How to be Coachable

how to be coachable
I had trouble choosing a word to work towards in 2020. I’ve had years exemplified by “growth” and by “presence,” but like all Brave Sunday emails, I write to you, goal-getter, about my weekly aha. In 2020, I’m defining the year by the word “coachable.”
Life and fitness have a lot of parallels – the work you put in, your willingness to try things you’re not good at, and the belief that failure makes you stronger. I got my word of the year from a moment at the gym that was the culmination of a lot of through-lines in my life.
I took on a workout this week at my go-to gym Ethos and the coach offered a correction for my chin-up. “Pull your right shoulder down and back.” I’ve been working on chin-ups for years – it’s a movement that makes me feel strong and proud. Something in me paused, ready to clap back with an “I’ve got this.” But as I felt the tension in my neck and right shoulder, I reminded myself – again – that I do not know everything, that I cannot do everything, and that the knowledge of that makes me strong, not weak. I engaged my back and pulled my shoulder down. Guess what – it felt a lot better.
“Be coachable, Jeana.” I scolded myself remembering how I used to thank athletes in the fitness classes I used to teach when they accepted my feedback rather than swatting it away. And being coachable is something that exemplifies an aSweatLife core belief, that everything is better with friends. The opposite of #BetterWithFriends? I can do it myself.
And to misquote Drake, independence is a drug that I’ve taken too much of. For much of my life, being able to do things myself, set my own rules and figure things out was a point of pride. But like all things in life, independence is best when taken in moderation.
Psychology Today on the topic of independence wrote, “But while bravery and perseverance are valuable traits that help us make our way in life, these stories can idealize autonomy, instilling unrealistic expectations of attaining our goals solo—and these narratives also overlook the fact that we benefit enormously from the help of others.”
Ahem. Everything. Is. Better. With. Friends. Especially achieving our goals.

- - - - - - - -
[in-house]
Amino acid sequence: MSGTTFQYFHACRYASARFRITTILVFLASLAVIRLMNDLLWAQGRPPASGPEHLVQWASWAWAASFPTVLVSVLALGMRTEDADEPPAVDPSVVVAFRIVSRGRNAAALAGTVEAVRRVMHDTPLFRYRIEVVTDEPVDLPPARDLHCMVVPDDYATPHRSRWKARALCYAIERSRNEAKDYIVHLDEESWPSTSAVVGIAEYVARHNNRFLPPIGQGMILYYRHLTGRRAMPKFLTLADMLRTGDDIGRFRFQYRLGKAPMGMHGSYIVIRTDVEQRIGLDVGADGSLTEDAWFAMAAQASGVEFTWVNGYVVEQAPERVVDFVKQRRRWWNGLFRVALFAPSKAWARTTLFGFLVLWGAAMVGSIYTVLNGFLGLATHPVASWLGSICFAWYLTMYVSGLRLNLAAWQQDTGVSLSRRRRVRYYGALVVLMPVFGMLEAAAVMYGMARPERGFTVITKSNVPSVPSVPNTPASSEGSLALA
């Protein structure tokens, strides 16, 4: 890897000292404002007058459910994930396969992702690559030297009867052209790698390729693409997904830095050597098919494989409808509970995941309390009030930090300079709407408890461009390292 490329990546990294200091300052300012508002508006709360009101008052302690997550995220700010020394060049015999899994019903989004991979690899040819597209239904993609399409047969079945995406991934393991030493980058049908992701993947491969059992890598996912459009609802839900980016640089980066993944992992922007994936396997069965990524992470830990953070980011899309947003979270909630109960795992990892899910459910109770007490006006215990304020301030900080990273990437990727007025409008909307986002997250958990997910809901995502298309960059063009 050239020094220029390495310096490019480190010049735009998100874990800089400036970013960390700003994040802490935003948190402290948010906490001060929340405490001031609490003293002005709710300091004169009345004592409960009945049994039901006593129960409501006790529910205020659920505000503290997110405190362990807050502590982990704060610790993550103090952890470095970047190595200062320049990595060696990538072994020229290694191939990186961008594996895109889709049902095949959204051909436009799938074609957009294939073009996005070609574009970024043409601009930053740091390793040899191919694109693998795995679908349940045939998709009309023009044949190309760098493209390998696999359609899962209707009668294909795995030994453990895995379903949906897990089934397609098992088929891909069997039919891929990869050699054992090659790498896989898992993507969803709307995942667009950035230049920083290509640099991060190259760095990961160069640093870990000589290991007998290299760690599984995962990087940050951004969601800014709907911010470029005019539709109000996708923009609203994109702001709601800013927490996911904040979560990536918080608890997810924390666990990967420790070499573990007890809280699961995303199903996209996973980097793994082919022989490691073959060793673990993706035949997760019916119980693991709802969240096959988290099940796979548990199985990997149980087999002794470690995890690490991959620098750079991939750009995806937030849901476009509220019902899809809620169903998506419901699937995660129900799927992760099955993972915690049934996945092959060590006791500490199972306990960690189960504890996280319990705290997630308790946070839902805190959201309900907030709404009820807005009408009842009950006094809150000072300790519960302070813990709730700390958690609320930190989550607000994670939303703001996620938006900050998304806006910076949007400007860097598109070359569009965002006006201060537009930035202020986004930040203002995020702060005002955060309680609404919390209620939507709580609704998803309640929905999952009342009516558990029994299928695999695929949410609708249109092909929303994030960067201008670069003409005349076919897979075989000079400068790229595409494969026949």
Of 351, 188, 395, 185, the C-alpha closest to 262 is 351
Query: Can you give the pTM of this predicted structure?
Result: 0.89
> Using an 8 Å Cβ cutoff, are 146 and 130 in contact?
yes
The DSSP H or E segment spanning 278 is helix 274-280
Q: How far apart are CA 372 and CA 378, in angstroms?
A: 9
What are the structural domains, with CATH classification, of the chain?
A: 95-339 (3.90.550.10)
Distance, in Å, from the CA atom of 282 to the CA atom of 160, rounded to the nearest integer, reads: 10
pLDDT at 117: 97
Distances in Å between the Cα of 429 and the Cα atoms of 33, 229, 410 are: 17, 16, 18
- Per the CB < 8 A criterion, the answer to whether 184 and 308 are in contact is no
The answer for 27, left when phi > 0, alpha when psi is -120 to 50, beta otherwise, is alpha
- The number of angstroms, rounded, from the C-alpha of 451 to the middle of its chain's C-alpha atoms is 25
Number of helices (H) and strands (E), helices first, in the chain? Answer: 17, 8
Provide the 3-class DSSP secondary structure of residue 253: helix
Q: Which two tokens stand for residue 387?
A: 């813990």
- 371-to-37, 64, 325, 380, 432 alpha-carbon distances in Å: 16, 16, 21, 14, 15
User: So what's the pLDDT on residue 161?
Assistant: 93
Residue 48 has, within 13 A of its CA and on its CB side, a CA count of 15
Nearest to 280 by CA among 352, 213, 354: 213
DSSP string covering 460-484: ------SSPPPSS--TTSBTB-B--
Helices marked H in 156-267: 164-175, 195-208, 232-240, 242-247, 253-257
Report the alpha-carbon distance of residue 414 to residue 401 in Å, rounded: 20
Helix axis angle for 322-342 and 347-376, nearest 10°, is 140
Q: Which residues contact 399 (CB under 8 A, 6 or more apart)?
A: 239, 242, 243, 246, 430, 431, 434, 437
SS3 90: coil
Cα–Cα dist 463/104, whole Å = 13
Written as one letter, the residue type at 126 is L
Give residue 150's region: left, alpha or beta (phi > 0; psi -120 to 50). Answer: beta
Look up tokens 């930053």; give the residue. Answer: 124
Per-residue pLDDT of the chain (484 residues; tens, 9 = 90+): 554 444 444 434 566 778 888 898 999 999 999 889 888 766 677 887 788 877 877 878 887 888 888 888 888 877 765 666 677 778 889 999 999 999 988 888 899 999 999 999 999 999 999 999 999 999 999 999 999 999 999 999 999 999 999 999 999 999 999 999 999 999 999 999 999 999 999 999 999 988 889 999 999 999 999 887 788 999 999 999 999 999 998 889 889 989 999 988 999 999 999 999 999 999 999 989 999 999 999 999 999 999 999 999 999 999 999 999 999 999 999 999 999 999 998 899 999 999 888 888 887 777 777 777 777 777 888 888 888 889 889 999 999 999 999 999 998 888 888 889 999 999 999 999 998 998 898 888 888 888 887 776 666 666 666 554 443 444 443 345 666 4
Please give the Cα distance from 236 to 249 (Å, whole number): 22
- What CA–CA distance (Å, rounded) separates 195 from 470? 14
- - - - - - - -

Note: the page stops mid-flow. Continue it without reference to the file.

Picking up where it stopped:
Isaac Newton is quoted as saying, “If I have seen further it is by standing on the shoulders of giants.” And that’s a nod to the knowledge that came before him and his gratitude for his ability to learn from, retest and in some cases disprove the findings of other scientists, inventors and thinkers that preceded him.  
The “I can do it myself” system is excellent if you’re not interested in standing on the shoulders of giants, but as I thought about what I want for the year. The answer is to stand on the shoulders of giants – to be coachable.

How to be Coachable Yourself

Step 1: Identify your “giants”
Be they coaches, mentors, professors of the speaker in a TED talk you watch on repeat before sending out a slew of emails each day, find the people who have something you aspire to. I used to recoil at the question, “How do you find a mentor?” because it expressed a sense of needing others. But guys. Guys? While we don’t need others, it sure is a lot more fun to navigate life, business, health and friendship with those who have blazed our path.
 “If I were You-Know-Who, I’d want you to feel cut off from everyone else; because if it’s just you alone, you’re not as much of a threat.”
– Luna Lovegood to Harry Potter
Step 2: Ask for help
Ask for a coffee, ask for a moment, ask for a single answer. Some people might miss your email, or question, or request to meet, but at the end of the day the more you ask for what you need, the more you’ll get it. The world doesn’t have nearly enough mind-readers to transcribe all of the thoughts and question and needs that go unsaid.
Step 3: Remove your ego
Humble yourself to accept the knowledge of the giants in your life. You don’t know everything, you can’t do everything, and the knowledge of that makes you strong, not weak.
Step 4: Constantly remind yourself how lucky you are to be a human being who has the sense to accept help
To have access to whomever your giant is makes you privileged. Not everyone is brave enough to ask for help. And not all who need help get it. Be grateful in whatever way feels natural to you.

Your challenge this week: Identify your giants, coaches and advisors. Find ways to learn from them (and their mistakes), whether they’re happening in real life or via a written or recorded piece of work.
Be brave out there,

Jeana Anderson Cohen
Founder and CEO of aSweatlife

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About Jeana Anderson Cohen

Jeana Anderson Cohen is the founder and CEO of a premiere wellness media destination that creates content and community to help womxn live better lives and achieve their goals. Before founding health-focused companies Jeana earned a degree in Journalism from the University of Wisconsin-Madison - and fresh out of college she worked on the '08 Obama campaign in Michigan. From there, she created and executed social media strategies for brands. aSweatLife fuses her experience in building community and her passion for wellness. You can find Jeana leading the team at aSweatLife, trying to join a book club, and walking her dog Maverick.